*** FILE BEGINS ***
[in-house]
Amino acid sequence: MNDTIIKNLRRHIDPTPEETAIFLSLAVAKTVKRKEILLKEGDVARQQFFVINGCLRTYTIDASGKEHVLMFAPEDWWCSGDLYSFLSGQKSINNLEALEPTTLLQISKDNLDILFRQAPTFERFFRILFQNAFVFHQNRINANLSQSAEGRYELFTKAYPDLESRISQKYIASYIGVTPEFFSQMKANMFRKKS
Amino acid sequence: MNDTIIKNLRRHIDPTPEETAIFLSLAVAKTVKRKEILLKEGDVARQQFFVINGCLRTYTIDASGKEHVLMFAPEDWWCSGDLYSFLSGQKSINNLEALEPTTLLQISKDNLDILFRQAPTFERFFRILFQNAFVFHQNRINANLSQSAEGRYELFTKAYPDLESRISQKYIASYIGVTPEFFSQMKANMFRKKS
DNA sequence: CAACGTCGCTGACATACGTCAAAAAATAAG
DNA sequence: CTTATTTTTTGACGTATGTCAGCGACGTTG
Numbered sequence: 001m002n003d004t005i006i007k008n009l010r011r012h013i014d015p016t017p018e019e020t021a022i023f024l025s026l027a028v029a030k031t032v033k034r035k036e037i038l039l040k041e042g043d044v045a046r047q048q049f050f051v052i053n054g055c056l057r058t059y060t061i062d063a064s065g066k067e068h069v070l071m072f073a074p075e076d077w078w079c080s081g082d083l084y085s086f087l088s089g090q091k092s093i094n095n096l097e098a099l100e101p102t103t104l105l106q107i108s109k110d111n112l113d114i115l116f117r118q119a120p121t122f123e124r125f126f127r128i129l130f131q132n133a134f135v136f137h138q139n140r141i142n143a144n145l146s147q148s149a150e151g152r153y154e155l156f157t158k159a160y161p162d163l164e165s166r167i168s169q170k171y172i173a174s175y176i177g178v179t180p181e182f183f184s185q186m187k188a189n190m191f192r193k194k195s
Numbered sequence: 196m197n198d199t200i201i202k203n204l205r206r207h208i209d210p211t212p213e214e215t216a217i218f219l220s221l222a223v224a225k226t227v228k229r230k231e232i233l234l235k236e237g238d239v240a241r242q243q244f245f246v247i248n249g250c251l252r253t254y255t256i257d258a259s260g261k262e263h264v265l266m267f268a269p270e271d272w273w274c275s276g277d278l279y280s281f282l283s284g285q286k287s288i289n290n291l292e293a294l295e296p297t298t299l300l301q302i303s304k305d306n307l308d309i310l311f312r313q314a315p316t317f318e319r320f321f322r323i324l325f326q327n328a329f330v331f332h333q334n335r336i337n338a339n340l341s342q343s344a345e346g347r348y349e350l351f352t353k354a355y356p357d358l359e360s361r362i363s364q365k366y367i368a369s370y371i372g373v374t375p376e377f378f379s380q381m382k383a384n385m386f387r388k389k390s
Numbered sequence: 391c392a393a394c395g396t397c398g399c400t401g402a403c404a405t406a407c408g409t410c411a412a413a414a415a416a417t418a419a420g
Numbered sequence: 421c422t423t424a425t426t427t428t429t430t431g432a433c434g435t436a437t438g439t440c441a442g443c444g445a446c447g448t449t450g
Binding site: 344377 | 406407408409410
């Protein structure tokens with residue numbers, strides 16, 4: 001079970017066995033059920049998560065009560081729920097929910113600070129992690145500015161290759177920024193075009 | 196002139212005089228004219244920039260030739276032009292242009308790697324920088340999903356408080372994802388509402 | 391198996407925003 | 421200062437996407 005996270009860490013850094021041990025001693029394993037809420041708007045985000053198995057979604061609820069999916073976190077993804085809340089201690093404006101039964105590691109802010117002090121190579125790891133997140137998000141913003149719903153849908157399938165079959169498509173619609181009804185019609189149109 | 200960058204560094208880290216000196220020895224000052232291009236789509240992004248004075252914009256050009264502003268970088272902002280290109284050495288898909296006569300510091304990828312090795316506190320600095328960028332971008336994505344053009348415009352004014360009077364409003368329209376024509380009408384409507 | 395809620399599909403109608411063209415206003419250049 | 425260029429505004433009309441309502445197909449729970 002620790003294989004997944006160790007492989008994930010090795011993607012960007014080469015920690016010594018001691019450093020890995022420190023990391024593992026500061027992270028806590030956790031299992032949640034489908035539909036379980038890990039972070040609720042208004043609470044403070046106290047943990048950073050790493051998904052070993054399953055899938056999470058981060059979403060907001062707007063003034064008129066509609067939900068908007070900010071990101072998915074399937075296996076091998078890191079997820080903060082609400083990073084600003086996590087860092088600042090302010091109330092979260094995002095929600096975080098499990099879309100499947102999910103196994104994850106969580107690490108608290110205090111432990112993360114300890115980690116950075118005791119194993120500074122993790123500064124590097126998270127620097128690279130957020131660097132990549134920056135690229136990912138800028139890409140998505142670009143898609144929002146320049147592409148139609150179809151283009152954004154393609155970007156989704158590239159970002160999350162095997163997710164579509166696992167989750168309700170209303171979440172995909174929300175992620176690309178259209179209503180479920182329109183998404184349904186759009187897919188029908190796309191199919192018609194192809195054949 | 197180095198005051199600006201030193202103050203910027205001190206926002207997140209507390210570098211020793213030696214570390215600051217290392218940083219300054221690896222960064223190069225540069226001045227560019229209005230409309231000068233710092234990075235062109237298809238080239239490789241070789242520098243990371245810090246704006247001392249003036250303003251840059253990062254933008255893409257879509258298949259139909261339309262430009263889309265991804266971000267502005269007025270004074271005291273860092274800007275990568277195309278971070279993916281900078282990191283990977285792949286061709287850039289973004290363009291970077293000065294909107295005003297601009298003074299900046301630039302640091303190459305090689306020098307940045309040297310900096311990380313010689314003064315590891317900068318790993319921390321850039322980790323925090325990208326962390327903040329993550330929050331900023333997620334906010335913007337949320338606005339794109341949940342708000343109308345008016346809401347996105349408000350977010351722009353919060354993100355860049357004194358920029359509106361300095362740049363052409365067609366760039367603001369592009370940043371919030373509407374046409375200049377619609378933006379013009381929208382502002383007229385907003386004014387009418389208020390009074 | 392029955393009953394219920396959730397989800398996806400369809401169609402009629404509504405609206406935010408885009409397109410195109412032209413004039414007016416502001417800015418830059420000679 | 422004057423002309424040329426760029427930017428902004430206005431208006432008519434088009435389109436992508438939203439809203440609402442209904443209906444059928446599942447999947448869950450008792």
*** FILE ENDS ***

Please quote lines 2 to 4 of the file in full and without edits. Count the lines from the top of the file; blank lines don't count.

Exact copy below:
Amino acid sequence: MNDTIIKNLRRHIDPTPEETAIFLSLAVAKTVKRKEILLKEGDVARQQFFVINGCLRTYTIDASGKEHVLMFAPEDWWCSGDLYSFLSGQKSINNLEALEPTTLLQISKDNLDILFRQAPTFERFFRILFQNAFVFHQNRINANLSQSAEGRYELFTKAYPDLESRISQKYIASYIGVTPEFFSQMKANMFRKKS
Amino acid sequence: MNDTIIKNLRRHIDPTPEETAIFLSLAVAKTVKRKEILLKEGDVARQQFFVINGCLRTYTIDASGKEHVLMFAPEDWWCSGDLYSFLSGQKSINNLEALEPTTLLQISKDNLDILFRQAPTFERFFRILFQNAFVFHQNRINANLSQSAEGRYELFTKAYPDLESRISQKYIASYIGVTPEFFSQMKANMFRKKS
DNA sequence: CAACGTCGCTGACATACGTCAAAAAATAAG